Alibaba shrugs off $2.75 billion antitrust fine, shares rally
The e-commerce giant does not expect any material impact from the antitrust crackdown in China that will push it to overhaul how it deals with merchants, its CEO said on Monday.
Alibaba does not expect any material impact from the antitrust crackdown in China that will push it to overhaul how it deals with merchants, its CEO said on Monday, after regulators fined the e-commerce giant $2.75 billion for abusing market dominance.
Shares in Alibaba Group Holdings Ltd rose as much as 9 percent in Hong Kong trade as a key source of uncertainty for the company was removed, and on relief the fine and steps ordered were not more onerous.
Alibaba has come under intense scrutiny since billionaire founder Jack Ma's public criticism of the Chinese regulatory system in October.
As part of "comprehensive rectifications" sought by regulators, Alibaba will make it easier for merchants to do business with it, Chief Executive Daniel Zhang told an online conference for media and analysts.
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Beijing wants Alibaba to stop requiring merchants to chose between doing business with it and rival platforms, a practice known as ‘merchant exclusivity', which critics say helped it become China's largest e-commerce operation.
Alibaba executives said despite Saturday's record 18 billion yuan ($2.75 billion) fine and measures ordered by regulators, they remain confident in the government's overall support of the company.
"They are affirming our business model," said Alibaba executive vice chairman Joe Tsai. "We feel comfortable that there's nothing wrong with our fundamental business model as a platform company."
The company stock was up about 8 percent in the afternoon trade in Hong Kong, adding $48.5 billion to its market value and putting it on course to post its biggest single-day gain in nearly three months.
"Now the penalty is determined, the market's uncertainty about Alibaba will be reduced," Everbright Sun Hung Kai analyst Kenny Ng said.
"Alibaba's stock price has lagged behind the overall emerging economy stocks for some time in the past. The implementation of this penalty is expected to allow Alibaba's stock price to regain market attention."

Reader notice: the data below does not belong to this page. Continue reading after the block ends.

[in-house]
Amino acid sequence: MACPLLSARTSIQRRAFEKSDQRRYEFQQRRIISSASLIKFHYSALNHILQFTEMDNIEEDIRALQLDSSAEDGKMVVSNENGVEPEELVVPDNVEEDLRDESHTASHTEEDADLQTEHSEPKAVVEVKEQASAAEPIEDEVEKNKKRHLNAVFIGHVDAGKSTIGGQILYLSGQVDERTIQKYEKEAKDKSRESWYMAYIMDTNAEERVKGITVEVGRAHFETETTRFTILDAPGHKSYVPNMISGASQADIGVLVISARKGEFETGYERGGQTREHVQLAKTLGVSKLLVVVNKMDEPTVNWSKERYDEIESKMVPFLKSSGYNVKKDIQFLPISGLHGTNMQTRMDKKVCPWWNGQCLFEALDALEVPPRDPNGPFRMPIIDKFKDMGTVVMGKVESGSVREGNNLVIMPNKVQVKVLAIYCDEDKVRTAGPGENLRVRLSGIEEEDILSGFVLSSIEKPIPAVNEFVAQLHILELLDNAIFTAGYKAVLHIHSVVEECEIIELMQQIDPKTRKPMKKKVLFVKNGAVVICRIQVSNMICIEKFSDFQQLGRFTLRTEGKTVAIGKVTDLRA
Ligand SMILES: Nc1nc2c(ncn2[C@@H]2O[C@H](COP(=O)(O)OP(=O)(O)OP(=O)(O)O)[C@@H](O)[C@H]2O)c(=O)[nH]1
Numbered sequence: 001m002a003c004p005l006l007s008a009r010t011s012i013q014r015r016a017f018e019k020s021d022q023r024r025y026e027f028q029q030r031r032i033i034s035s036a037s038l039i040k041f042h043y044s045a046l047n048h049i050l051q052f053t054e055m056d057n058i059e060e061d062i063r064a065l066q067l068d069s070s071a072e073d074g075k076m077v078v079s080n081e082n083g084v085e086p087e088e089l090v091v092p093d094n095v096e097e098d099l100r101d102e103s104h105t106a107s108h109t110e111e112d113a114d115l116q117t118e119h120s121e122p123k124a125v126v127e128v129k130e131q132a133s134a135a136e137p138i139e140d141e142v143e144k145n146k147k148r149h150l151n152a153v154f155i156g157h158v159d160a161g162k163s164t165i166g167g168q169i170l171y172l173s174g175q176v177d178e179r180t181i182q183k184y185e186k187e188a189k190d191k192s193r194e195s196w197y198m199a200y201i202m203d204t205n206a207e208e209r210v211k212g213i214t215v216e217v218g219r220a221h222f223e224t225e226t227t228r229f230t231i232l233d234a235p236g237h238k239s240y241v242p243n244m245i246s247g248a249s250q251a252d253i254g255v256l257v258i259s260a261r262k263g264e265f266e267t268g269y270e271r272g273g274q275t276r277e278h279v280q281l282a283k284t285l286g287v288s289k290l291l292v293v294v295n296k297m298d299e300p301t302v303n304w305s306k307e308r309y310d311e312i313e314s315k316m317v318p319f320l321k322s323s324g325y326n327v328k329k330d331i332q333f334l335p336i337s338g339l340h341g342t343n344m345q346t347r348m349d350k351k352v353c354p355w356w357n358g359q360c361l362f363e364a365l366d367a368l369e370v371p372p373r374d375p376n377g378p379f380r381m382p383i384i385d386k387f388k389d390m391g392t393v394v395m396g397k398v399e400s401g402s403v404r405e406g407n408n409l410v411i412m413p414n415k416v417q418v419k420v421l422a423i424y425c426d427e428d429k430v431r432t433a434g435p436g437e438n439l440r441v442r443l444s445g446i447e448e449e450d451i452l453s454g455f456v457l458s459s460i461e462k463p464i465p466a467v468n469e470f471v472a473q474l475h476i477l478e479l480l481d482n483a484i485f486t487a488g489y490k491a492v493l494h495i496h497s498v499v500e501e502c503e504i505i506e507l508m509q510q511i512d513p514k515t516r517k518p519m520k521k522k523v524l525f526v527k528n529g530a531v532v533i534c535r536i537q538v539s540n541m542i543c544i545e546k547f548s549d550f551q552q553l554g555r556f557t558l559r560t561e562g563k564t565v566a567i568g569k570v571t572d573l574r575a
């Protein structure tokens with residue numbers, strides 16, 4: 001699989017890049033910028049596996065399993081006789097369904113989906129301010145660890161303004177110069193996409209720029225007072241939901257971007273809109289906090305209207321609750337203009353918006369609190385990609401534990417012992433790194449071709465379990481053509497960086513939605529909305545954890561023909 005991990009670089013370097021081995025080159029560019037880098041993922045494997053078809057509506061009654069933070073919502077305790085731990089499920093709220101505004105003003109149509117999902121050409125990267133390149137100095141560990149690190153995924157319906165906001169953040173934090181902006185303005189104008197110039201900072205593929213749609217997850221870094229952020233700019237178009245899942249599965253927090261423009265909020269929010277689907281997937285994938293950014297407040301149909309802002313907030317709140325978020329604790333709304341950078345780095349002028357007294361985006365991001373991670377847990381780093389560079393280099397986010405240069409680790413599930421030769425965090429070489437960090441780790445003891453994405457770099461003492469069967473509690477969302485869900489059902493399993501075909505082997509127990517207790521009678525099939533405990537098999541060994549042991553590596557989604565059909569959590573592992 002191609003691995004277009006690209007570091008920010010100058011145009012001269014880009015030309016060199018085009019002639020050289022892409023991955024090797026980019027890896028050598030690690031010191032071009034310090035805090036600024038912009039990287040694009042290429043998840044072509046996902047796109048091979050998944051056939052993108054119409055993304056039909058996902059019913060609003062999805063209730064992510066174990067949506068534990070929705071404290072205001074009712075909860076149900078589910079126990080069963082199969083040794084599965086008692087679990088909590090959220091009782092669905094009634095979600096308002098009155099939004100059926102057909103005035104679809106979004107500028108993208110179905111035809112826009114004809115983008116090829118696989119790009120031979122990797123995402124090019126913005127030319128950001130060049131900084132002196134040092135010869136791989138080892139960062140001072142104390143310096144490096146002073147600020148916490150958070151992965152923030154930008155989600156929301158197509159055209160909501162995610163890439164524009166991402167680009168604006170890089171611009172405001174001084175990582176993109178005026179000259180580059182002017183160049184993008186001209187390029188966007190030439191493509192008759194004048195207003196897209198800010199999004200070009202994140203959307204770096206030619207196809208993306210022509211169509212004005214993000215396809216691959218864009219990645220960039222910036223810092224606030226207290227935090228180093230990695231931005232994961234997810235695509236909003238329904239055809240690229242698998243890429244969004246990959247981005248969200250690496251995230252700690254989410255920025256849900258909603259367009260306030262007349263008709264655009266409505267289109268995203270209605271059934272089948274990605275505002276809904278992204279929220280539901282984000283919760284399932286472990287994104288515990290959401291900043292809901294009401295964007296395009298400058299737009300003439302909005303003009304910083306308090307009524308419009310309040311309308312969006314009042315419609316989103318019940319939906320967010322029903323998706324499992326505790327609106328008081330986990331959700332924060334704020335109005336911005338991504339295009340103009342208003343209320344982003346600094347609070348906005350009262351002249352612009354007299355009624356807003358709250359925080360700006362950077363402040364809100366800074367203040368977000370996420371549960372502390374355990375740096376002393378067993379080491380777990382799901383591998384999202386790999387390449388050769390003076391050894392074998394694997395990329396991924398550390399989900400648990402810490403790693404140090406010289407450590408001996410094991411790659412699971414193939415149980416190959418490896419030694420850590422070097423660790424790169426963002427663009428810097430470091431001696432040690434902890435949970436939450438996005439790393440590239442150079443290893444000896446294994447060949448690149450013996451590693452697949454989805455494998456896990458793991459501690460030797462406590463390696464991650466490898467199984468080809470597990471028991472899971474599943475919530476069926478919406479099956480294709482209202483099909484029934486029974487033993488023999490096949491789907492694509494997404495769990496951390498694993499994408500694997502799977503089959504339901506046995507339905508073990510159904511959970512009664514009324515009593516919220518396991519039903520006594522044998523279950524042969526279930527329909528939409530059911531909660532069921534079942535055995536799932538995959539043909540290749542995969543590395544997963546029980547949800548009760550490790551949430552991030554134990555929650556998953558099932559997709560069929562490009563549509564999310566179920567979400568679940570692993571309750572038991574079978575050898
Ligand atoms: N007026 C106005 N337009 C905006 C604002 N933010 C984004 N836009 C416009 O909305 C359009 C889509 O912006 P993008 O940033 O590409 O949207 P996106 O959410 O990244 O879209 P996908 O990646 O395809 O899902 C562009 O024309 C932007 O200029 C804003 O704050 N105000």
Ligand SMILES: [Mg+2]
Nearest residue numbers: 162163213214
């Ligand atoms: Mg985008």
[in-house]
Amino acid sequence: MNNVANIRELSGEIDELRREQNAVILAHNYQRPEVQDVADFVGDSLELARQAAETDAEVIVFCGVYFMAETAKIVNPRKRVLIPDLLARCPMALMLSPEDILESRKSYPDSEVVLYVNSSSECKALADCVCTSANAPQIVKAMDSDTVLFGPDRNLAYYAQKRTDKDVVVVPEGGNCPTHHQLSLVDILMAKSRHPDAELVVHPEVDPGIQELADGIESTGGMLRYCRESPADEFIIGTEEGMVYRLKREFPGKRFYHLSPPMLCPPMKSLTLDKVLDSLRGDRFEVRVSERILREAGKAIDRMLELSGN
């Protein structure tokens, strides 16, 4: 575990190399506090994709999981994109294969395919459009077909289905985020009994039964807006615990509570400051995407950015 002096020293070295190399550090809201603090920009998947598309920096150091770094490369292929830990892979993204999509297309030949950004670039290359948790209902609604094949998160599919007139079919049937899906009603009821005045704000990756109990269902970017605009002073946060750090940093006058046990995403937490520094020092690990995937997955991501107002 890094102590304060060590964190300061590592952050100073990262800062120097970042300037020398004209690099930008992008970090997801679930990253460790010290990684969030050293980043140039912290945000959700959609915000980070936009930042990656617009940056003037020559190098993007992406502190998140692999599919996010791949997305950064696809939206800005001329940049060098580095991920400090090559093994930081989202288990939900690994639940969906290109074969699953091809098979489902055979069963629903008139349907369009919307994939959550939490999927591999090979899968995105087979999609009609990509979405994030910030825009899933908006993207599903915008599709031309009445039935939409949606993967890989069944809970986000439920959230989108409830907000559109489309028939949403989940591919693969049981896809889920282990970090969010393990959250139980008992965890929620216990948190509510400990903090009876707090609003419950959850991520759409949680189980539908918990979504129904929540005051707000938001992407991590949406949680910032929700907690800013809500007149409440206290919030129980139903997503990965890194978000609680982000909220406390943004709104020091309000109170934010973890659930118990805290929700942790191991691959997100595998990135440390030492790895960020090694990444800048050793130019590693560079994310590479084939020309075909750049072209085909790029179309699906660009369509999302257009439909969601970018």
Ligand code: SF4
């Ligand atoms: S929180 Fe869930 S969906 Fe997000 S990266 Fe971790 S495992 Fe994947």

Aside from imposing the fine, among the highest ever antitrust penalties globally, the State Administration for Market Regulation (SAMR) ordered Alibaba to make "thorough rectifications" to strengthen internal compliance and protect consumer rights.
"The required corrective measures will likely limit Alibaba's revenue growth as a further expansion in market share will be constrained," said Lina Choi, Senior Vice President at Moody's Investors Service.
"Investments to retain merchants and upgrade products and services will also reduce its profit margins."
SAMR said it had determined Alibaba, which is also listed in New York, had prevented its merchants from using other online e-commerce platforms since 2015.
The practice, which the SAMR has previously spelt out as illegal, violates China's antimonopoly law by hindering the free circulation of goods and infringing on the business interests of merchants, the regulator said.
The probe comes as China bolsters SAMR with extra staff and a wider jurisdiction amid a crackdown on technology conglomerates, signalling a new era after years of laissez-faire approach.
The agency has taken aim recently at China's large tech giants in particular, mirroring increased scrutiny of the sector in the United States and Europe.
Alibaba said it accepted the penalty and "will ensure its compliance with determination".
Speaking with analysts on Monday, Tsai said that other than a review of the company's mergers and acquisitions, which the company's peers also face, it does not expect further investigation from the antitrust regulator.
"We are pleased we can put this matter behind us," he said.
Tsai added the company "doesn't rely on exclusivity" to retain its merchants, adding such exclusivity arrangements in the past only covered a small number of Tmall flagship stores.
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Alibaba and its peers remain under review for mergers and acquisitions from the market regulator, Tsai told the briefing, adding he was not aware of any other anti-monopoly-related investigations.
The fine is more than double the $975 million paid in China by Qualcomm, the world's biggest supplier of mobile phone chips, in 2015 for anticompetitive practices.
"The $2.75 billion fine against Alibaba should be viewed for what it is - a meaningful but affordable price to pay to start the process of reconciliation with the Beijing regime," said Franklin Chu, president of Sage Capital in Rye, New York.
"Alibaba remains an appealing and convenient way to invest in the rapidly growing Chinese economy," he said. "Given the power of its various core business, the stock is undervalued by most conventional measures."
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